Right. Well, someone mentioned recently, and it really struck me as true, is that all of the really big blockbuster games -- not just in terms of sales, but in terms of success of execution -- were really late. They were released way after they were planned to be released.
JY: You have to put some thought into that, but I can see that argument.
You know, or at least they took a really long time. Like, Half-Life 2, BioShock, Portal, Halo 3, World of Warcraft, StarCraft II; all these games have had extremely long cycles, and they were released when they were done. It seems like that's the space that people need to get to, but it's really tough because, you know, they've got to meet ship dates and things like that.
JY: Yeah. Plus they're damned expensive.
JY: Yeah. So you have that problem, too. And I think you're right. I think the issue is, is that, the longer the project duration is, the harder it is to predict when it's going to be done. That's pretty logical. And, along the course of the way -- what I've seen in my own personal experience is that you get products of opportunity while you're constructing your product.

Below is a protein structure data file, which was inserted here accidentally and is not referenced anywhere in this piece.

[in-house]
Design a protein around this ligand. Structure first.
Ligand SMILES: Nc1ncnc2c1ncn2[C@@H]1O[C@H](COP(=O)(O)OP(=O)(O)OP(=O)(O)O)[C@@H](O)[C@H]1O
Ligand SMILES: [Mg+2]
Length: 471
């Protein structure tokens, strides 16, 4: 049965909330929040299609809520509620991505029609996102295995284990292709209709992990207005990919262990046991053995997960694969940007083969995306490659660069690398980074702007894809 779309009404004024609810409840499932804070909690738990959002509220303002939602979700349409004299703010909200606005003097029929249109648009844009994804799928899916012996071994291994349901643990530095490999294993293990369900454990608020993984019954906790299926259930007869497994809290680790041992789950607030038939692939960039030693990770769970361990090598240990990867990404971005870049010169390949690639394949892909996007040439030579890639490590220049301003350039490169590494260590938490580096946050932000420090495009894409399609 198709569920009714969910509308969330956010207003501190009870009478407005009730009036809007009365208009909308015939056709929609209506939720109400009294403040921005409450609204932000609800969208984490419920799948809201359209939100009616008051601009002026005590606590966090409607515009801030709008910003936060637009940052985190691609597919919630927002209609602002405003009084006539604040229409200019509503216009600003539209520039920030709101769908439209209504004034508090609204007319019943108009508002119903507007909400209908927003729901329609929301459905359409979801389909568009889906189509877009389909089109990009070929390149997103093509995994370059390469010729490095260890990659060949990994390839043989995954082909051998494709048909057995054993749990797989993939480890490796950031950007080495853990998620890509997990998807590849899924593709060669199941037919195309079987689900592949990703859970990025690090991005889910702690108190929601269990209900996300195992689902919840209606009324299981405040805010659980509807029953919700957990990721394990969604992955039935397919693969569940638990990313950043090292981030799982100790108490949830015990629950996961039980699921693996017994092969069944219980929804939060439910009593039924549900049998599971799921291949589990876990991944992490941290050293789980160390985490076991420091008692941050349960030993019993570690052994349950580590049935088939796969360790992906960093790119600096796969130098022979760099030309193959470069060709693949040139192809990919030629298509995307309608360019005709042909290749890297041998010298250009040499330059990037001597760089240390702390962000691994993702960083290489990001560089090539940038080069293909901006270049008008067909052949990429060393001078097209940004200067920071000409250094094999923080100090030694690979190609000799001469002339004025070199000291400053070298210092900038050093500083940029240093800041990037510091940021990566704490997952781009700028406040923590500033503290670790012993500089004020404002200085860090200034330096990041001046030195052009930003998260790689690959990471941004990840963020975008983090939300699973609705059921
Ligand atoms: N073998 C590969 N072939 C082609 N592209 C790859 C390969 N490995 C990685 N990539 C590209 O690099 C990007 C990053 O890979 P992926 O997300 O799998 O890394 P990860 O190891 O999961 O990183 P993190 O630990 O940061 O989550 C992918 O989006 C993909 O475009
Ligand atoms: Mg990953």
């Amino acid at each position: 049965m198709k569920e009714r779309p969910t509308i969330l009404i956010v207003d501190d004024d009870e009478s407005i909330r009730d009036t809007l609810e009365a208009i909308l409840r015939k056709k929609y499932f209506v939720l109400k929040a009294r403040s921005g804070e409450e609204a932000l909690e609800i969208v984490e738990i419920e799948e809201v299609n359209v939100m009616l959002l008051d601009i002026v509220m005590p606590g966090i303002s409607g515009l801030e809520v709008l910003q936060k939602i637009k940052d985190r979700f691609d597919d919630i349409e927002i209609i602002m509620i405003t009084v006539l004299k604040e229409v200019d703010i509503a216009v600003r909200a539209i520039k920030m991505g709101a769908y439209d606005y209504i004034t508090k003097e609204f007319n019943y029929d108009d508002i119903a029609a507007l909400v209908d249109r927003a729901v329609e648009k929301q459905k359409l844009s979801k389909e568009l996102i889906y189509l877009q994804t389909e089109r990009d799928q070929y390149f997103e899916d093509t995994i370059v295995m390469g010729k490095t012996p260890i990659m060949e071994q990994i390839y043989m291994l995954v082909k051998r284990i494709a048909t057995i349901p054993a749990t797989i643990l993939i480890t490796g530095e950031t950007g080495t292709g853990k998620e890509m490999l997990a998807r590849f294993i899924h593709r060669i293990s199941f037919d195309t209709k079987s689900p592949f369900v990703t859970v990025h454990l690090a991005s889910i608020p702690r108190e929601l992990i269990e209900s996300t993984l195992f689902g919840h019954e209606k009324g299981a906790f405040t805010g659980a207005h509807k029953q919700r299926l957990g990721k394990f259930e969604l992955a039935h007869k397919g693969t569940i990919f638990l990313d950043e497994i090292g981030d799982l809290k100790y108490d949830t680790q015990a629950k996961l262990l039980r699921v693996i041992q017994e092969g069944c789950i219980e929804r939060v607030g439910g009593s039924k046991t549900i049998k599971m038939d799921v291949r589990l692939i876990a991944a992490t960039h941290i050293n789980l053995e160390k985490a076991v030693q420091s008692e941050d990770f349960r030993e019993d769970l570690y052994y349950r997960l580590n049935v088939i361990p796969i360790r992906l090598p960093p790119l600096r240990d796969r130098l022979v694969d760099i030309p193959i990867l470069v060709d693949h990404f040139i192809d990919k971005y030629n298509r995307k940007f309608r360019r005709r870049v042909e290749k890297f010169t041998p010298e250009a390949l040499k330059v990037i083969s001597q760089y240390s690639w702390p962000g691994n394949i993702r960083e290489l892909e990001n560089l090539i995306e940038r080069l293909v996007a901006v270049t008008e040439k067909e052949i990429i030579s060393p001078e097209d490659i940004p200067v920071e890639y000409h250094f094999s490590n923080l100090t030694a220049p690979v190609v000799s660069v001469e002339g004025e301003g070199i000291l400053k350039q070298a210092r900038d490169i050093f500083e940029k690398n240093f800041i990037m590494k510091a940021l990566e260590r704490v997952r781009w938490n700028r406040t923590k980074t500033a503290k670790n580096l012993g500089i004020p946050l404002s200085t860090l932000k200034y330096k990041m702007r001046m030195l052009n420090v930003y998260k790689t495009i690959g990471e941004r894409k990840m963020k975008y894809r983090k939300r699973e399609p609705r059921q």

So, you know, you start off with one design principle, you go off and you start building it, and then you realize it either doesn't work, or, "Oh, by the way, this works so well that if we were to adjust it this way, it gets even better." So these are what I call "the products of opportunity". And, of course, all that does is it elongates your project when you start running into that kind of thing.
And then, you know, I think there is a scope issue. There certainly is a scope issue with MMOs. How much product do you build? With an MMO, first of all, you never stop building in an MMO to begin with, right? So you kind of have an arbitrary finish line, right?
So we have critical mass of content, it all runs, everybody's having a good time, we can launch --knowing that I'm going to continue to add more content over time. So, you know, you have that issue as well, the considerable elongation of the project cycle.
I don't know, I think a lot of it comes down to, one of the issues we have as an industry is the fact that every time we go to build a product, the technology is different. Especially when you have a three year development cycle; that encompasses the entire lifetime of a console environment. So it's sort of like you're almost doomed by the time you're finished, and wherever you go next is going to be completely different. So, that doesn't help anything either.
There are a lot of issues that we need to overcome here, and I think it's all of those factors. And then there's one more that I think is kind of interesting, and that is: some of the more successful products that we've seen in the history of our industry are really right on the edge of being inventions.
Like, before Doom, there were no first person shooters. So when they're designing a product like that, we've never seen one before, so how do you predict when you're going to be done?